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Neuroendocrine System

開催日 2014/9/12
時間 11:00 - 12:00
会場 Poster / Exhibition(Event Hall B)

Role of gonadal steroids in SNAP-25 expression in neonatal mouse brain

  • P2-195
  • 佐越 祥子 / Syoko Sagoshi:1 Manca Paolo / Paolo Manca:1,2 小川 園子 / Sonoko Ogawa:1 
  • 1:筑波大院 人間総合科学行動神経内分泌 / Laboratory of Behavioral Neuroendocrinology, University of Tsukuba, Tsukuba, Japan 2:日本学術振興会 / JSPS 

Synaptosomal-associated protein of 25 kD (SNAP-25) is a component of SNARE complex and plays a crucial role in neurotransmitter release from presynaptic terminals. A number of studies have shown that SNAP-25 expression in adult brain is regulated by gonadal steroids, particularly estradiol (E2). We recently found that subcellular SNAP-25 distribution in deep cerebellar nuclei of neonatal male rats is also modified by E2 treatment (Manca et al., Neuroscience 2014). However it is not well defined whether and how gonadal steroids may regulate SNAP-25 expression in neonatal period. In the present study, we analyzed SNAP-25 expression in the cerebellum, hypothalamus and hippocampus on postnatal day (PD) 10 in both male and female C57BL/6J mice to characterize possible sex and regional differences in SNAP-25 expression in developing brain. We also examined the effects of gonadectomy (GDX) at birth and E2 treatment on the expression of SNAP-25 on PD10 in male mice. Western blot analysis revealed that SNAP-25 expression in intact male mice was significantly lower than in female mice in the cerebellum and hippocampus. On the other hand, there was no sex difference in SNAP-25 levels in the hypothalamus. The levels of SNAP-25 in cerebellum and hippocampus in male mice GDX'ed on PD 0 were significantly higher than those in gonadally intact male and similar to those found in gonadally intact female mice. Interestingly, subcutaneous injection of estradiol-benzoate (1.5 µg/day, in sesame oil) on PD1-3 in GDX'ed male mice resulted in a significant increase of SNAP-25 levels compared to vehicle treated control groups in all brain regions studied. These results suggest that endogenous levels of gonadal steroids may be responsible in region specific sex differences in the expression of SNAP-25 in developing mouse brain. Our finding of up-regulation of SNAP-25 expression by exogenous estrogen treatment is consistent with our previous findings in the cerebellum in neonatal male rats and those reported in other functionally related proteins such as syntaxin, synaptophysin and spinophilin from the hippocampus of overiectomized female rats.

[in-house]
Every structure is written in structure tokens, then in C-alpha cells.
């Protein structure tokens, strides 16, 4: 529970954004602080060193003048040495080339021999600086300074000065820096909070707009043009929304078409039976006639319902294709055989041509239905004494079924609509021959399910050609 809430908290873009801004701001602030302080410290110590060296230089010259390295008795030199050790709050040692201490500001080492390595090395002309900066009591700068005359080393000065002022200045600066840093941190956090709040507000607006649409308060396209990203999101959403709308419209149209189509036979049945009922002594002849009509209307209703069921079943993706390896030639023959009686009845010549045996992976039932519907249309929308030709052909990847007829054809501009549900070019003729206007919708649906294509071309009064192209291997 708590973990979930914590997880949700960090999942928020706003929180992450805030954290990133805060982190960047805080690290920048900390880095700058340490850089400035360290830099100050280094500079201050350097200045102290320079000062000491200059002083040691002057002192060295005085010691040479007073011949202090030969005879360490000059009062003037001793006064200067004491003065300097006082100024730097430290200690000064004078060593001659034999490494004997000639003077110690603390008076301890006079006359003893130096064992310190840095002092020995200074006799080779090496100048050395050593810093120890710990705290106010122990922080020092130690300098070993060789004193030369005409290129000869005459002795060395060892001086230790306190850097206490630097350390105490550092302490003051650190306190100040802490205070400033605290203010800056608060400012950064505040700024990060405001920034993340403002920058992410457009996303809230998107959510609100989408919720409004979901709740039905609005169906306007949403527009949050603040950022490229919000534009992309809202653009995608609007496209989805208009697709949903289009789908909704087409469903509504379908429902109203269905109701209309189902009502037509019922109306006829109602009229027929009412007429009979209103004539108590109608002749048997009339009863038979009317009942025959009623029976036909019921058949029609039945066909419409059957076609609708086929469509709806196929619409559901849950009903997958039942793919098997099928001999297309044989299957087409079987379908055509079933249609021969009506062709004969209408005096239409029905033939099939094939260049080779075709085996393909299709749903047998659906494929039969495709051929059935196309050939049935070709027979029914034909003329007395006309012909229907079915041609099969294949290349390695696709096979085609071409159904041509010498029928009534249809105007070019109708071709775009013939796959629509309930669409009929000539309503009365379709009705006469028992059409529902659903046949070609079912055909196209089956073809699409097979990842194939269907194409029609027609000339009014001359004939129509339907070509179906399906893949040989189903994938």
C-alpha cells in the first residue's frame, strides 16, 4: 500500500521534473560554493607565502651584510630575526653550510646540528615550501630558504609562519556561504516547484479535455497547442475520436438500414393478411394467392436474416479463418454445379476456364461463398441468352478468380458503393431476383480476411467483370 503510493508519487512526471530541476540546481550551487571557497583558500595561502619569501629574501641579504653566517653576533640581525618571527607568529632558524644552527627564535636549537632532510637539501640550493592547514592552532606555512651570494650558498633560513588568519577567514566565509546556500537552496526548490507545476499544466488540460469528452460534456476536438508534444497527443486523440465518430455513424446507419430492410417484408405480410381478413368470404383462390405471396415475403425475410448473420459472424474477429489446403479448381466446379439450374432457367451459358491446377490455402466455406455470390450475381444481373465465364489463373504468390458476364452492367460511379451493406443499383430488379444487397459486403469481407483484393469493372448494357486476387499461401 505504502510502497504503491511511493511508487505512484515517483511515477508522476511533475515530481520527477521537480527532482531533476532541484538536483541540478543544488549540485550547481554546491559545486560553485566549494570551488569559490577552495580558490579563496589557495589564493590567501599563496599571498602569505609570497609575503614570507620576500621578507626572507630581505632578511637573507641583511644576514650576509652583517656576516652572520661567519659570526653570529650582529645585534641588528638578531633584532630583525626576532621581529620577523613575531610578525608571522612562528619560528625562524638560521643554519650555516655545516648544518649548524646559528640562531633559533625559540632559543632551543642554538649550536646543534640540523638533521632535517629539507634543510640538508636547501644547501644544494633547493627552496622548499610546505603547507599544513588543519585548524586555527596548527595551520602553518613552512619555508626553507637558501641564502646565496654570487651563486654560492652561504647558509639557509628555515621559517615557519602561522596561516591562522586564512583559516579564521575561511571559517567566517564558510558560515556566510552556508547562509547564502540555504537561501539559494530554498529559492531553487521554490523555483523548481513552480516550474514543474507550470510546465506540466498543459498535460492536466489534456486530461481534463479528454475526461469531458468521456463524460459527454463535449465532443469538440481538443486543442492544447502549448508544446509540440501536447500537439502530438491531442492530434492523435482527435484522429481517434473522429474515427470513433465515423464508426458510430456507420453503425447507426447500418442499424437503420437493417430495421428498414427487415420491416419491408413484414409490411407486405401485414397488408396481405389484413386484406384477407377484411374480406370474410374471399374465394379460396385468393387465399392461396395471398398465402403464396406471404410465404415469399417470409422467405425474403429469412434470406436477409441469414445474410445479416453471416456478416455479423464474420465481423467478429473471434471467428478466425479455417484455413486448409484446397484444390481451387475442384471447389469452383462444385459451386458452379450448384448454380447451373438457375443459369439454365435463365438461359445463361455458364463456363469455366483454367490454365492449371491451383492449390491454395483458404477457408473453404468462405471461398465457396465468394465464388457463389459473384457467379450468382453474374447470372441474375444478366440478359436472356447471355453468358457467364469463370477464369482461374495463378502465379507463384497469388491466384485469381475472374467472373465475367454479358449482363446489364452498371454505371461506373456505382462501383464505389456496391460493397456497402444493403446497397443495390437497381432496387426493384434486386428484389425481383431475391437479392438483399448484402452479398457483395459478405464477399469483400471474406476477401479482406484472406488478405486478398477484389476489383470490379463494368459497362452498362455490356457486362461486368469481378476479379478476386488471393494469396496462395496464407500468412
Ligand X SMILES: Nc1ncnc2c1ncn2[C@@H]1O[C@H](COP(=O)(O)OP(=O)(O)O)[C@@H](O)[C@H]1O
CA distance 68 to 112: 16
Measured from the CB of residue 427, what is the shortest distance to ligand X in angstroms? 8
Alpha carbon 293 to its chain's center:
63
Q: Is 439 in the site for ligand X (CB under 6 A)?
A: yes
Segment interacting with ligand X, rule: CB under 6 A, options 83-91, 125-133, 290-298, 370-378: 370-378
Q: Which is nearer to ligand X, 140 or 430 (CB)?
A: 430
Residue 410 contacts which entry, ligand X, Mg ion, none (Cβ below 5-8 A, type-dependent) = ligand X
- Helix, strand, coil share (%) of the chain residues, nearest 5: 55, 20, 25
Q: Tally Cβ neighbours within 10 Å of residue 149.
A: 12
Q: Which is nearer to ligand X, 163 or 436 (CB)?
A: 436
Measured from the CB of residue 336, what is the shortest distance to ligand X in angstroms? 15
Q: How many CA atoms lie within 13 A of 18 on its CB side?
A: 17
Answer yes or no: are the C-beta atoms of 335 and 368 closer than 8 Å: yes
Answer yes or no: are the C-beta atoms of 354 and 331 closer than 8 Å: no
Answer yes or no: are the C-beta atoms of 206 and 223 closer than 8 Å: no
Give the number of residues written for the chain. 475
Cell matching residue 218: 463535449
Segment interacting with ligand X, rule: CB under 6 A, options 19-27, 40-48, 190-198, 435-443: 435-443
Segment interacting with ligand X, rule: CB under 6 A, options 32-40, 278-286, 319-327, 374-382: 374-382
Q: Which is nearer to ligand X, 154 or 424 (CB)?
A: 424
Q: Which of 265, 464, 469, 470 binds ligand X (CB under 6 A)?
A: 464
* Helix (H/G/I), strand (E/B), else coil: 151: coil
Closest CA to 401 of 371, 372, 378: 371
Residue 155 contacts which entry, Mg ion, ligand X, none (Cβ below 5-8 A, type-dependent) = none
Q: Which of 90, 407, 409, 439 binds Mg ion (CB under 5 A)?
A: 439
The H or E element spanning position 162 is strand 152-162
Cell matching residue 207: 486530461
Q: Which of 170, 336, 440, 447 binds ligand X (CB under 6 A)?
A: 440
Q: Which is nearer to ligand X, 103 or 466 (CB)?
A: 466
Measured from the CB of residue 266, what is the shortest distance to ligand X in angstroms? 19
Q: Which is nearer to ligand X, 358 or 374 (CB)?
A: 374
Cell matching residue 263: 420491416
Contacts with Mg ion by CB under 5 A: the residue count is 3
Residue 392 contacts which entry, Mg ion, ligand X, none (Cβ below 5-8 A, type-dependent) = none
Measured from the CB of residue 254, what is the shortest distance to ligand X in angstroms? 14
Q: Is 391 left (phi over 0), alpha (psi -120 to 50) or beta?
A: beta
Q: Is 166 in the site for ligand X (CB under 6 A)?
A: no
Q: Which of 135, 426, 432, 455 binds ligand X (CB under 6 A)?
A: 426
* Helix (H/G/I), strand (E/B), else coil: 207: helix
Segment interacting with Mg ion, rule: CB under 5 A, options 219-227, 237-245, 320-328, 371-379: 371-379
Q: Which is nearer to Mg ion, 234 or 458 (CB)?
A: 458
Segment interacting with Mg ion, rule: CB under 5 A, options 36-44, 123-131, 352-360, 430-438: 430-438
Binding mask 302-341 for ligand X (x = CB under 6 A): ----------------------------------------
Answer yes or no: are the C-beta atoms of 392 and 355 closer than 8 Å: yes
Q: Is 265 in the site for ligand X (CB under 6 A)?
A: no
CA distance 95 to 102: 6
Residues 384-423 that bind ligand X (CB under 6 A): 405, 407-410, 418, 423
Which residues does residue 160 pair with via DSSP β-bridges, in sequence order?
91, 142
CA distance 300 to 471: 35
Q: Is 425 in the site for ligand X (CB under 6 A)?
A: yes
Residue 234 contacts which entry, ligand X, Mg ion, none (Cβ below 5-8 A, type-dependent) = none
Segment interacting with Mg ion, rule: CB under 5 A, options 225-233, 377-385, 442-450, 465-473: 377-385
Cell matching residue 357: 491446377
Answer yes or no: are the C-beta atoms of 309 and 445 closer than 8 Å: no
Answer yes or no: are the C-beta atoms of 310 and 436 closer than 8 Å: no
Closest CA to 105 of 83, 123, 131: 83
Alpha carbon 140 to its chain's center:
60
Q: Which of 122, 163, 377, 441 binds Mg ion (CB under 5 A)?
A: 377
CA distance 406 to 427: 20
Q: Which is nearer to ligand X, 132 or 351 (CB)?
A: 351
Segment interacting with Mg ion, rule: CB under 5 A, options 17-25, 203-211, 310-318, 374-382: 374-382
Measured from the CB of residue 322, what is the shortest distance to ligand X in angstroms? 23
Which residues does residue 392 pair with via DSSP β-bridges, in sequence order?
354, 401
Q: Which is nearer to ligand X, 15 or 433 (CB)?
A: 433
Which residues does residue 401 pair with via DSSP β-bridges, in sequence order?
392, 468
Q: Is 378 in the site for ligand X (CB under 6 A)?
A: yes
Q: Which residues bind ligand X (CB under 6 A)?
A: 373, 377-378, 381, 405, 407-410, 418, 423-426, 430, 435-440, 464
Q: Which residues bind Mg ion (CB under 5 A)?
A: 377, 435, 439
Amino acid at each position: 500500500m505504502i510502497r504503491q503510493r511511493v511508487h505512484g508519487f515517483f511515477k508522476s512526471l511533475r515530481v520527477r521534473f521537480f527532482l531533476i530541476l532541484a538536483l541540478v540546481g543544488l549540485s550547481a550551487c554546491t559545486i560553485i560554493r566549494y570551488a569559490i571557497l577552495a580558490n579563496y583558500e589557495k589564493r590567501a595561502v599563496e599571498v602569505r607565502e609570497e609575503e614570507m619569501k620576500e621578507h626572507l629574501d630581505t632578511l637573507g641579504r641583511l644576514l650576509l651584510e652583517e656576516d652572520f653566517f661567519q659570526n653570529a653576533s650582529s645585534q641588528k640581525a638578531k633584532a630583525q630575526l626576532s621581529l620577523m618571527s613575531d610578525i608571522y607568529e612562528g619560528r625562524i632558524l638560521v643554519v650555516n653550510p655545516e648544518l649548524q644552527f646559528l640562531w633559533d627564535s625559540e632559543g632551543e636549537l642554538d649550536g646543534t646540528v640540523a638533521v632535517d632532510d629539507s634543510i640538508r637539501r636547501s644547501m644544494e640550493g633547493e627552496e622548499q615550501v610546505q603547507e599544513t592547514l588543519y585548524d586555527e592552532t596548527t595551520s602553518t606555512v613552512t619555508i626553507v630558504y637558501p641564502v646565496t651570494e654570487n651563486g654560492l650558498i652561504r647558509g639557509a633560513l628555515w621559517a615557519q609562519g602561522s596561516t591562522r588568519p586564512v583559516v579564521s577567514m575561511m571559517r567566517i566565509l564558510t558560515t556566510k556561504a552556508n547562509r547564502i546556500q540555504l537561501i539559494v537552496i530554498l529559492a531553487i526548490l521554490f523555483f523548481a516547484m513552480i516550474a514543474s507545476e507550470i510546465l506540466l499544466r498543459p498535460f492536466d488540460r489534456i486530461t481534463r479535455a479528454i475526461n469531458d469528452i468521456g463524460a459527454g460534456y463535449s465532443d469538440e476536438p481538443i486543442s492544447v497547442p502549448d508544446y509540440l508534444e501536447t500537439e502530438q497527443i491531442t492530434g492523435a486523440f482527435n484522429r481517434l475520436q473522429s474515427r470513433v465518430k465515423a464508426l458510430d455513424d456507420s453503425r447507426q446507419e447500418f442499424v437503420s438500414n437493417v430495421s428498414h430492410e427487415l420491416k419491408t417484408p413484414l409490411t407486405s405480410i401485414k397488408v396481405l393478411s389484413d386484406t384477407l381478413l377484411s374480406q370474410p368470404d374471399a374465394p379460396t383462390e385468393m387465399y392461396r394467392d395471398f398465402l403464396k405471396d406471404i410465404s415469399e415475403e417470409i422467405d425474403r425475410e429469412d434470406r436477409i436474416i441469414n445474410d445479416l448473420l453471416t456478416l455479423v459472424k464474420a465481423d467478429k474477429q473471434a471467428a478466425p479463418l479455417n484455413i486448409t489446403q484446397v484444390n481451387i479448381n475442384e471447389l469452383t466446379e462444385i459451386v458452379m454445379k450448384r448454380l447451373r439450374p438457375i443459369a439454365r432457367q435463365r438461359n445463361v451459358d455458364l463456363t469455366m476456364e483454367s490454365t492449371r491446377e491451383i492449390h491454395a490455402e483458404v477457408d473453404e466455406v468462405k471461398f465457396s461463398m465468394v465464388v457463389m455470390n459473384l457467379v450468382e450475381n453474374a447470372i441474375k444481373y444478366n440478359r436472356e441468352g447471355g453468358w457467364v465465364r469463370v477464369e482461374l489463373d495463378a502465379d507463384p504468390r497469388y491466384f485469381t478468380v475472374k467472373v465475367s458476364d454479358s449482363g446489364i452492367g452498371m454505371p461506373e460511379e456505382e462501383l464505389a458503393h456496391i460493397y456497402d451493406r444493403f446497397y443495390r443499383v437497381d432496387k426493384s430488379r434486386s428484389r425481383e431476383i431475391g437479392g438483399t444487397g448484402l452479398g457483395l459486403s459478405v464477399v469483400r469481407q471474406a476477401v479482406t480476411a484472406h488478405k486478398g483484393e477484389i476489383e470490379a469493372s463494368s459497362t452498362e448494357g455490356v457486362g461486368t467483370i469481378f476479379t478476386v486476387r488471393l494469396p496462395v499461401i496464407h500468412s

SS and PM contributed equally to this work.

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